Experience with 50% "renovation" clause?
I subbmitted a plan for a major remodel (2nd story) and I didn't realise there was a 50% renovation clause burried at end of city zoning.
Basically if your proposed project value is 50% or more compared to existing structure value then they want everything brought up to code.
So I either shrink my plan to get under this 50% level or I go ahead and have this open-ended question of how much re-building the BO will be happy with. If it is just insullation and wiring that would be fine but if he wants he could require testing of concrete footing and bla de bla ---list goes on forever.
Since he has made it clear that he "aint gonna help me at all no way" then what can I do?
If I shrink the plan how do I know how far to shrink it? For instance - if I save my existing 2x8 floor system and add to it front and back how much is considered brand new construction? If I leave the floor but want new walls & ceiling is that 33-1/3% ?
I don't see how anyone but city can clearly define this but since they re-fuse to help all I can do is keep subbmitting plan changes until they say OK- we agree this is 49%.
Any one else been thru this rediculous game?
Like the bldg code isn't complicated enough without this stuff!
Experience with 50% "renovation" clause?
It really has nothing to do with the building code, which tells you what or how the end renovation has to perform or be.
It is a city legislative or zoning requirement.
According to your description, it is based on the project value in comparison to the current established value of the structure.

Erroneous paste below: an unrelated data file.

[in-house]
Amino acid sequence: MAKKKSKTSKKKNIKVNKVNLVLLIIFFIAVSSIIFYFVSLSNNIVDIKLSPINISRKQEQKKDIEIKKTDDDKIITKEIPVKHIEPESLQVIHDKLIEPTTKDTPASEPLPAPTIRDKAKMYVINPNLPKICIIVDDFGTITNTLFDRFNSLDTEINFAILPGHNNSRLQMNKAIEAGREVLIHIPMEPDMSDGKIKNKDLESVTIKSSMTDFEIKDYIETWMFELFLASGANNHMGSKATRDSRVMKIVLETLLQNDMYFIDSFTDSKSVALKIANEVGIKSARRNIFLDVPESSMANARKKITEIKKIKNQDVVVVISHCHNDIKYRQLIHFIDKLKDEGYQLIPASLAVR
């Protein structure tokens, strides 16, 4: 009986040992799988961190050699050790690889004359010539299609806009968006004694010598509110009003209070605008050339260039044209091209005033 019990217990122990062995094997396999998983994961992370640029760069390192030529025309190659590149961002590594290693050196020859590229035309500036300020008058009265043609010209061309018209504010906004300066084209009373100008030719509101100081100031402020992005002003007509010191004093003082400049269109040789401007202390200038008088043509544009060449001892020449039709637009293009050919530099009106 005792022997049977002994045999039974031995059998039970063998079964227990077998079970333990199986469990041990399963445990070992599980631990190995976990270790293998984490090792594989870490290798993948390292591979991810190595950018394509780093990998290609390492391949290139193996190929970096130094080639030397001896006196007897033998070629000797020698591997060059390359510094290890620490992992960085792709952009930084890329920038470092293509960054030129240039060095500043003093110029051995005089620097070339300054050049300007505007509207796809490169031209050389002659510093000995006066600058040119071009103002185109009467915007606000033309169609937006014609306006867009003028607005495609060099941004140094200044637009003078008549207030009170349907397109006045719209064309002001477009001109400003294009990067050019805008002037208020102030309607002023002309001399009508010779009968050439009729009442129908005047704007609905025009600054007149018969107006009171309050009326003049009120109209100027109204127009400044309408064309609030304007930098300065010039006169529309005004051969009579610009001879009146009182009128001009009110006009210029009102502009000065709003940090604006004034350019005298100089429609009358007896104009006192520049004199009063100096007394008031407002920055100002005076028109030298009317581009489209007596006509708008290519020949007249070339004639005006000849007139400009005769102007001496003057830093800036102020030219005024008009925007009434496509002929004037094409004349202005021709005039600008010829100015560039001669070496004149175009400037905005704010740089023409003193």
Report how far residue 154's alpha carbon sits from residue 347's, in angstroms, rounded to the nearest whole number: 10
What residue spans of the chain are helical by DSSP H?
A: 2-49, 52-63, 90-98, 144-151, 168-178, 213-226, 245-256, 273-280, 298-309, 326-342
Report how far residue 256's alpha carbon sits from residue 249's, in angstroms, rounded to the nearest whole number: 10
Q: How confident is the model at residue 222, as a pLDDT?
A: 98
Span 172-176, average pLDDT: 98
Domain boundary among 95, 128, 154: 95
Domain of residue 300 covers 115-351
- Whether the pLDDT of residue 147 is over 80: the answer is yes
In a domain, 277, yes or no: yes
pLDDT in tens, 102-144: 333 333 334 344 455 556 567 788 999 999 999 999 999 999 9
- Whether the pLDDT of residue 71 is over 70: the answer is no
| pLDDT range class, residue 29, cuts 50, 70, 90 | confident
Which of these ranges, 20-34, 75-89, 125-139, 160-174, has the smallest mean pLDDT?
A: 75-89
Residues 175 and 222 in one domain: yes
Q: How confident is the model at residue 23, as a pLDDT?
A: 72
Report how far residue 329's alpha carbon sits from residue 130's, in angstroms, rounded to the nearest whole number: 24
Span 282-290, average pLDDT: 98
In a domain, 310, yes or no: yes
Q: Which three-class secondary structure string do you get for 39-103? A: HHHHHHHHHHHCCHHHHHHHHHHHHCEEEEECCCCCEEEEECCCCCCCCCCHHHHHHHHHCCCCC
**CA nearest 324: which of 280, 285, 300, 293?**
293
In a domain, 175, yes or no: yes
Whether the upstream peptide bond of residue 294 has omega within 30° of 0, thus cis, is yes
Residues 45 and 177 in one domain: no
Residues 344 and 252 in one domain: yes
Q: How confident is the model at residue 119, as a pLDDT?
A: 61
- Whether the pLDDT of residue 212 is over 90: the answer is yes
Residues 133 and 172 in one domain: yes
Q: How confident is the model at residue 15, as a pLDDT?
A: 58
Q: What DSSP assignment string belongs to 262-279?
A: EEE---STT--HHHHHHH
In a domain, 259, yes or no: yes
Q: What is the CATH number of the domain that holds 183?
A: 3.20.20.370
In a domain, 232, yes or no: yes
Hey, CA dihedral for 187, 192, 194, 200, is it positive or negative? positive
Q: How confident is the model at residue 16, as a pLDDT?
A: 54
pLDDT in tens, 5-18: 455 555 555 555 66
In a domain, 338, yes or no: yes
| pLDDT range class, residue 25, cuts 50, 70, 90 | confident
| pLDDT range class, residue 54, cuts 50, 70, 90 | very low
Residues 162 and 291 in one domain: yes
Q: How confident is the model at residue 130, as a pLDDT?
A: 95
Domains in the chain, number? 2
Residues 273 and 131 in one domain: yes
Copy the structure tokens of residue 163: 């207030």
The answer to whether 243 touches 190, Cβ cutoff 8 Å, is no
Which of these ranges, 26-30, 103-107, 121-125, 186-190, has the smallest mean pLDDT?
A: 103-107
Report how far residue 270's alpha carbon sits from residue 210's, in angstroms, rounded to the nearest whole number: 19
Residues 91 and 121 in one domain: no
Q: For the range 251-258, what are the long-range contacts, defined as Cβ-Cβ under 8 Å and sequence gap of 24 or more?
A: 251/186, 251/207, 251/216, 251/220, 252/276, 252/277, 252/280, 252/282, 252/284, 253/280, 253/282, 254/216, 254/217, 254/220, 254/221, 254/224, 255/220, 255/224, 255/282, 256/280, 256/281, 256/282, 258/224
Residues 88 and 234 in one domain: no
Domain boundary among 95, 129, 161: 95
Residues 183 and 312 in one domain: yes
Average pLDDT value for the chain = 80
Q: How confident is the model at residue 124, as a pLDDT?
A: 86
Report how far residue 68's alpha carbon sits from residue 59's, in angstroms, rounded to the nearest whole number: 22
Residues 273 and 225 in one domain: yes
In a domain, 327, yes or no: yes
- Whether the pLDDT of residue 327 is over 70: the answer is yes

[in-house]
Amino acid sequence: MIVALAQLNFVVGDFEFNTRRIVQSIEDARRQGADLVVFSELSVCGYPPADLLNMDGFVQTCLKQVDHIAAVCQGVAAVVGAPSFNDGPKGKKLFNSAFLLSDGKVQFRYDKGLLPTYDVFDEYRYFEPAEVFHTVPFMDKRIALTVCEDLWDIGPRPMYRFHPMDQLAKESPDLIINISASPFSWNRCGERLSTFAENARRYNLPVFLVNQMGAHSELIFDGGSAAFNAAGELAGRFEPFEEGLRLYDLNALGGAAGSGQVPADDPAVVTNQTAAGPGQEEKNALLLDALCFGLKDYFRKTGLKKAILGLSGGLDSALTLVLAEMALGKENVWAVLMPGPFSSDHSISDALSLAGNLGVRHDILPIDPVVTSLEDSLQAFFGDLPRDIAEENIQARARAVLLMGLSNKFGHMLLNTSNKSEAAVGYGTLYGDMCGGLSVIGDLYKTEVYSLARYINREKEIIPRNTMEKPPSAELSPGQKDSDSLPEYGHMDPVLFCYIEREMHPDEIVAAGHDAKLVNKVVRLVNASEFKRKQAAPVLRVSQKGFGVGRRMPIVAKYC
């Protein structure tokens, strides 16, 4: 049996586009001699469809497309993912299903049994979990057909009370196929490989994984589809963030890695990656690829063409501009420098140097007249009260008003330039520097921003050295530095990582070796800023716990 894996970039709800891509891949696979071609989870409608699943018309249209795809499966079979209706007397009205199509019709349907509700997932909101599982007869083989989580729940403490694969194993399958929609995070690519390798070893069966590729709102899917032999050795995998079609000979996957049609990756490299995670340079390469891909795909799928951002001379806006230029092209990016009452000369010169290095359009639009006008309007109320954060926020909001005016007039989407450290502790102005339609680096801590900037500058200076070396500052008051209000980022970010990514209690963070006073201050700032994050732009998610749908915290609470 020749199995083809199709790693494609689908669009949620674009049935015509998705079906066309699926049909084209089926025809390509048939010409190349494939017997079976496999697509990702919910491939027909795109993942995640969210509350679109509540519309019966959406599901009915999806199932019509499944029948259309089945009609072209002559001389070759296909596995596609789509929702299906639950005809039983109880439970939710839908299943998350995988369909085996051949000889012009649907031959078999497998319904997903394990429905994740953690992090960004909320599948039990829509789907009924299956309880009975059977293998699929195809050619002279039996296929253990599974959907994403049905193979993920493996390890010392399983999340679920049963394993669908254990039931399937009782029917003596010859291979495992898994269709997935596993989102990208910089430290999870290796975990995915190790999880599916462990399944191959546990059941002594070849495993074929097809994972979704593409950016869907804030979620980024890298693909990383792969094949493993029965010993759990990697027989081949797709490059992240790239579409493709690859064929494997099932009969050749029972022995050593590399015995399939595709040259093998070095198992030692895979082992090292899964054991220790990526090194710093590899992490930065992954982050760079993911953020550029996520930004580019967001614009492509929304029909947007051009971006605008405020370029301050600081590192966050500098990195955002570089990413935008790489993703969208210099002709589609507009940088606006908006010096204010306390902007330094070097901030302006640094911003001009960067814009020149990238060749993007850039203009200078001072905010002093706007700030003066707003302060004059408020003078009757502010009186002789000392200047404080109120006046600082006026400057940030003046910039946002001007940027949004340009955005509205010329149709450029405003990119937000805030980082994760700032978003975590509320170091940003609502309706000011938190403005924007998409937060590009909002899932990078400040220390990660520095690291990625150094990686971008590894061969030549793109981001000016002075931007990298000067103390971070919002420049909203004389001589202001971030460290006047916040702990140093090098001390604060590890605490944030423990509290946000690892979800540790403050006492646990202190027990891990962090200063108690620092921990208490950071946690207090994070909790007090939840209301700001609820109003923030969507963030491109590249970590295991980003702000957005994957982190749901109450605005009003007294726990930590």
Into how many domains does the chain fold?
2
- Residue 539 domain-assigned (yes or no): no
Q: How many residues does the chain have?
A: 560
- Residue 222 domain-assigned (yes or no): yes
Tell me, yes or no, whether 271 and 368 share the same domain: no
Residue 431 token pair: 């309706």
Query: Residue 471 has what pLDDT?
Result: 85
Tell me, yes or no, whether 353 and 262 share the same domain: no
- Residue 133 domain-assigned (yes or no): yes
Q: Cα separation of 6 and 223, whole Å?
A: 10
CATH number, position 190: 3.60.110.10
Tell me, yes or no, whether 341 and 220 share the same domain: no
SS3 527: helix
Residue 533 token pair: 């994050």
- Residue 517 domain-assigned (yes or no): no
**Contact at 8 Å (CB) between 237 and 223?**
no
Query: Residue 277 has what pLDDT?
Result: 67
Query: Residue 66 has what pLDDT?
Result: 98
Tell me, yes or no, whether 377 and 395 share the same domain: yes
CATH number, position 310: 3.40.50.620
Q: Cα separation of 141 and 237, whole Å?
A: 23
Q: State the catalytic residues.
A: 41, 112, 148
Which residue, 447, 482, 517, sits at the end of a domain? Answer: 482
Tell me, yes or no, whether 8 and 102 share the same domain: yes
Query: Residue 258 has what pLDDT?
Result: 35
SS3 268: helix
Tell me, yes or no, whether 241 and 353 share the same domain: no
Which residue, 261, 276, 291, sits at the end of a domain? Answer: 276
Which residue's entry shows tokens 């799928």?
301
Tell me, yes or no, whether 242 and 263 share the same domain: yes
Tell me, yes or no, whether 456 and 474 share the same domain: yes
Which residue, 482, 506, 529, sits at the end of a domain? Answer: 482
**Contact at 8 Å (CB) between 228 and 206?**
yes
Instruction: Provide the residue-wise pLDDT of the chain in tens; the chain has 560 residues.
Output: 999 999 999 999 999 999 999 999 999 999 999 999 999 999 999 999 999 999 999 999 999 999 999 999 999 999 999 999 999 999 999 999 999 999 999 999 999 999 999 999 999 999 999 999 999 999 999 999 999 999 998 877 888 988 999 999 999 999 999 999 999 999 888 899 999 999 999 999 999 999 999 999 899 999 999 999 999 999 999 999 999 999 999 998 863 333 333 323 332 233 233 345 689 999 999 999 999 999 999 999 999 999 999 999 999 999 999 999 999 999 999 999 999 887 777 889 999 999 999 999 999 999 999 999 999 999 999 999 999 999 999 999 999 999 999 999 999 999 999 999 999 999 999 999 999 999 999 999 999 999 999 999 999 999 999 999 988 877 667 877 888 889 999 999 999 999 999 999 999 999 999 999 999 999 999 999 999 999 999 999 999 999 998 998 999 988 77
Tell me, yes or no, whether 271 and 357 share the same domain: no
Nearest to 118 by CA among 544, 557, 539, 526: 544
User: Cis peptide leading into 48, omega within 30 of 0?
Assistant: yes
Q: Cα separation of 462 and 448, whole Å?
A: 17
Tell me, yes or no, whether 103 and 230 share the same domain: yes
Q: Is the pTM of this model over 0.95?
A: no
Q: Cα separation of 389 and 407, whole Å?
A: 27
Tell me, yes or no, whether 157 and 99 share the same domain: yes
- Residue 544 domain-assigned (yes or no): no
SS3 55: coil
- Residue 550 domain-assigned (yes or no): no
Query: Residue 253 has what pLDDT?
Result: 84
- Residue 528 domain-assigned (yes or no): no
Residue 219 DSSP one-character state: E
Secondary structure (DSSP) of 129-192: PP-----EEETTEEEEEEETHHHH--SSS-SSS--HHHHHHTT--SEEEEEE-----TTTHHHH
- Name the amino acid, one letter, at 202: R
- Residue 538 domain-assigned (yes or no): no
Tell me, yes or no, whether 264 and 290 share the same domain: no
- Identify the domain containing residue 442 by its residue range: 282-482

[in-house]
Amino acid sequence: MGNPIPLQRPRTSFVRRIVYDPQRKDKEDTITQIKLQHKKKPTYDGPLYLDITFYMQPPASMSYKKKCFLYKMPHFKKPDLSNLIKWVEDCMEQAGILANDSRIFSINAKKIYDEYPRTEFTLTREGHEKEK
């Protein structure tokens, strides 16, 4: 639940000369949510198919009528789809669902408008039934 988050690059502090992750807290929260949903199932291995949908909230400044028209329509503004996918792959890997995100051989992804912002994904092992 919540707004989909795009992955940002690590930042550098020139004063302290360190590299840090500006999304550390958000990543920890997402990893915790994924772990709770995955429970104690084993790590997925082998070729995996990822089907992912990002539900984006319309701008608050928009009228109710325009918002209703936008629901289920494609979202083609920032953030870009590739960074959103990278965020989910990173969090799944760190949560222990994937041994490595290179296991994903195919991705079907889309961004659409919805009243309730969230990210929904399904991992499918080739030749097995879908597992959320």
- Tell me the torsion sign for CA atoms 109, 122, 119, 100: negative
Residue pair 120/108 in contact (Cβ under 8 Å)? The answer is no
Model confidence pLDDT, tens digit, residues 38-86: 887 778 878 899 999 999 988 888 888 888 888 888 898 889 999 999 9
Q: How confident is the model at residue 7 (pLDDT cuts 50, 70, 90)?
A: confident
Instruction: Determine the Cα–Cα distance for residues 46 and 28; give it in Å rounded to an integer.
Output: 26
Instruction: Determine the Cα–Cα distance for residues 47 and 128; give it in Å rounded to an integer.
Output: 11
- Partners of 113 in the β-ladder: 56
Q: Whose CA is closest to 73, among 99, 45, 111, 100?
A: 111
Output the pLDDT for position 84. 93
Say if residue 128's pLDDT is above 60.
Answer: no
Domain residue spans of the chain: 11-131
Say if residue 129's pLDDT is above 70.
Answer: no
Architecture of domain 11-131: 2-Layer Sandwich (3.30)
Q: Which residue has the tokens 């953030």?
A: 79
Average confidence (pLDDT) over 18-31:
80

You may have a bigger obsticle to overcome in the process if your present home is under valued since this will limit what you can do without a variance.
You will have to show plans of what you propose and show that this will be less than your current value (unless you want to voluntarily raise your current assesed value).
Somehow, you can come up with plans, which you will need in any case for a permit. After that, you will have to show that the cost to complete the project will be less than 50% of your value. A quote from a contractor will establish the the cost of the renovation, which must be less than 50% of the value. If you chose to do it yourself according to the plans, you have complied with the requirement.
An alternate is to come up with a cost estimate that the city will accept. You will have to be able to document the basis for the costs estimated
The only trap is you must do it according to the plans you submitted. Since you do not have a contractor to lean on for compliance, the burden is on you.
This 50% thing is pretty common. The main things they go after for upgrades in my experience is plumbing if it is blatantly bad, but always electrical.You can usually reason with the regulatory dept. and get them to agree to accept something to establish the propery value that is in your best interest. We have used recent appraisals, insurance value of the house, letters from a real estate professional as to the market value, generic $ per sq. ft. costs of constructon in your neighborhood, or tax value. I find tax values to generally be against the owner in this case, because most properties are undervalued on tax roles unless the have sold recently. Any of these or an average of a couple should give a sq. ft cost which you can use to figure how much you need to reduce the size of the project by. The most important thing here is to convince the person you are dealing with that you need their "knowledgeable help and expertise" to guide you. Do not argue and establish an adverserial relationship.. you will lose. We actually beat this one time by convincing the inspector that the new square footage should be based on "living area" as measured from the interior dimensions of the perimeter walls and not from outside to outside.This reduced the calculated area by enough to put the job below the 50% threshold. It is a frustrating cat and mouse game, and you are in the mouse suit.
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